Frederick Hickling: Taking Psychiatry to School in Jamaica: Using Creativity as the Vehicle for Postcolonial… (ASI 2015)
Taking Psychiatry to School in Jamaica: Using Creativity as the Vehicle for Postcolonial Social Reengineering/Healing in Jamaica
Frederick W. Hickling, University of the West Indies
The history of insanity has been a continuous metamorphosis of newly minted orthodoxies that have demanded taking psychiatry to school. The 1962 postcolonial deschooling community mental health revolution in Jamaica began with gradual deinstitutionalization of lunatic asylum beds and reschooling with Community Engagement Mental Health. Postcolonial social reengineering home-schooled Psychohistoriographic Cultural Therapy in the Mental Hospital triggering psychological deinstitutionalization sensitizing the Jamaican population to social healing of madness. With the world’s third highest rate of lethal violence in 2005, the next major wave of psychiatric reschooling placed psychiatry in primary schools. Pioneering primary mental health proof of concept risk-reduction
Dream-A-World Cultural Therapy was implemented for high-risk eight-year-old children exhibiting poor academic performance and behavioral dysfunction at a Kingston inner-city primary school. Significant improvements in academic performance and school social and behavioral adjustment were realized. A scale-up Dream-A-World Cultural Therapy project in 4 inner-city primary schools had similar positive results. This led to New Dream-A-World Cultural Resilience Transition to Scale in 35 failing primary schools with comparable success. This power-shifting metamorphosis took psychiatry out of the office with indigenous creativity realizing the core principle of the cultural therapy process. Placing psychotherapy squarely in the hands of schoolteachers and families, cultural therapy was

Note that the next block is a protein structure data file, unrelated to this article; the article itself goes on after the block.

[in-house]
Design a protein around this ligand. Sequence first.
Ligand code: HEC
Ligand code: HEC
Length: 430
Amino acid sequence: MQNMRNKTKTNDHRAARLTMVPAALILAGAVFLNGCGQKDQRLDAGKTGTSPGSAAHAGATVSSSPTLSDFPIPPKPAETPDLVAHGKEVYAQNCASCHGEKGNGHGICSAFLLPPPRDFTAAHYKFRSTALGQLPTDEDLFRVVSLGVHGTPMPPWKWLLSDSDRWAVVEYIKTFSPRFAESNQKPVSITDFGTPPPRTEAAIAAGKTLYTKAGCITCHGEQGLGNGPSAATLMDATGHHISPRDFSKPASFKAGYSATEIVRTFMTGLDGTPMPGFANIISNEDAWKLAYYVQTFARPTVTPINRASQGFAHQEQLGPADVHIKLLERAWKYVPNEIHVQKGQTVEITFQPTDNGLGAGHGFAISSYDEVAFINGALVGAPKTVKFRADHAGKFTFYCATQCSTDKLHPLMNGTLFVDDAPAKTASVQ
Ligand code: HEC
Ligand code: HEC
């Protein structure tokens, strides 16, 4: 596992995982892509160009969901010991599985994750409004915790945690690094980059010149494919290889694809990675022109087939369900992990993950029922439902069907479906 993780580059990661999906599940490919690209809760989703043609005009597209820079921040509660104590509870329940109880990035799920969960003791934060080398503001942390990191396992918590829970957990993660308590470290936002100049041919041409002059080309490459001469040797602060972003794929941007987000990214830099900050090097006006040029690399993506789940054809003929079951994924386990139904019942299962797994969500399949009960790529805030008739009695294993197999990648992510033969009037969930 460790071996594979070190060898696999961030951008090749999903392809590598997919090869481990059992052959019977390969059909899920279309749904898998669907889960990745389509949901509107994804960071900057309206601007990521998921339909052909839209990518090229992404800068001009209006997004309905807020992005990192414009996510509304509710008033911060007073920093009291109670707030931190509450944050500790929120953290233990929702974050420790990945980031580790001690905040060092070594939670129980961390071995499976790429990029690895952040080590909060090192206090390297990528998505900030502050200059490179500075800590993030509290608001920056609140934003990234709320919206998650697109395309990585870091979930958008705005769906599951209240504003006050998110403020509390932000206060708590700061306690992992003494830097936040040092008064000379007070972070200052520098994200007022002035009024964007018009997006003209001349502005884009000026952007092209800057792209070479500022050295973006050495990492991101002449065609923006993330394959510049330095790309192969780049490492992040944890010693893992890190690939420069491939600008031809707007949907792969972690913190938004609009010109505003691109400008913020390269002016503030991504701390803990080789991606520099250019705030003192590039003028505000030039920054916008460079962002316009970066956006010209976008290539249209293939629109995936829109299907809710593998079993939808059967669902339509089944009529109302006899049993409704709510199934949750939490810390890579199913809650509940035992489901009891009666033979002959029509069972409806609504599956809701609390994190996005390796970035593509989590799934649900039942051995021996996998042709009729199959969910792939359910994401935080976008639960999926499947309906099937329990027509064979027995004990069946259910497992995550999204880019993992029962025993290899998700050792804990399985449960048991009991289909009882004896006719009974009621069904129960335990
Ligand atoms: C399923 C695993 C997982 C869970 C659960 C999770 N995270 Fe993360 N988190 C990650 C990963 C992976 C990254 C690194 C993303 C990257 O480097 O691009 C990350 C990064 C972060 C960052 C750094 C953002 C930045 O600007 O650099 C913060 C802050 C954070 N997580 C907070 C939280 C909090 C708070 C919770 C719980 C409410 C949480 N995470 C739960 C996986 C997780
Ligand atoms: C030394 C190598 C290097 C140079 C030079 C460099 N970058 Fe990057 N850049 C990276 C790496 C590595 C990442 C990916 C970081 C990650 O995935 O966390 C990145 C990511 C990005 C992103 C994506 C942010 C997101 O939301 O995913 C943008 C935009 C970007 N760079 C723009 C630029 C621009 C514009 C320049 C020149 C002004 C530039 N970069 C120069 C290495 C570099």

positioned as a robust agent of liberation psychiatry in oppressed and impoverished communities. A neurobiological epigenetic model of this cultural creativity process for healing and social reengineering is proposed.
Frederick W. Hickling was educated at the University of the West Indies, University of London, and University of Edinburgh. He was appointed Professor Emeritus of Psychiatry at the University of the West Indies, and is the Executive Director of the Caribbean Institute of Mental Health and Substance Abuse (CARIMENSA) UWI, Mona. Author of more than 100 scholarly articles, and author of six books, he was elected a Distinguished Fellow of the American Psychiatric Association in 2009, and a Fellow of the Royal College of Psychiatrists UK in 2011. He received the Order of Distinction (Commander) by the Government of Jamaica in August 2012.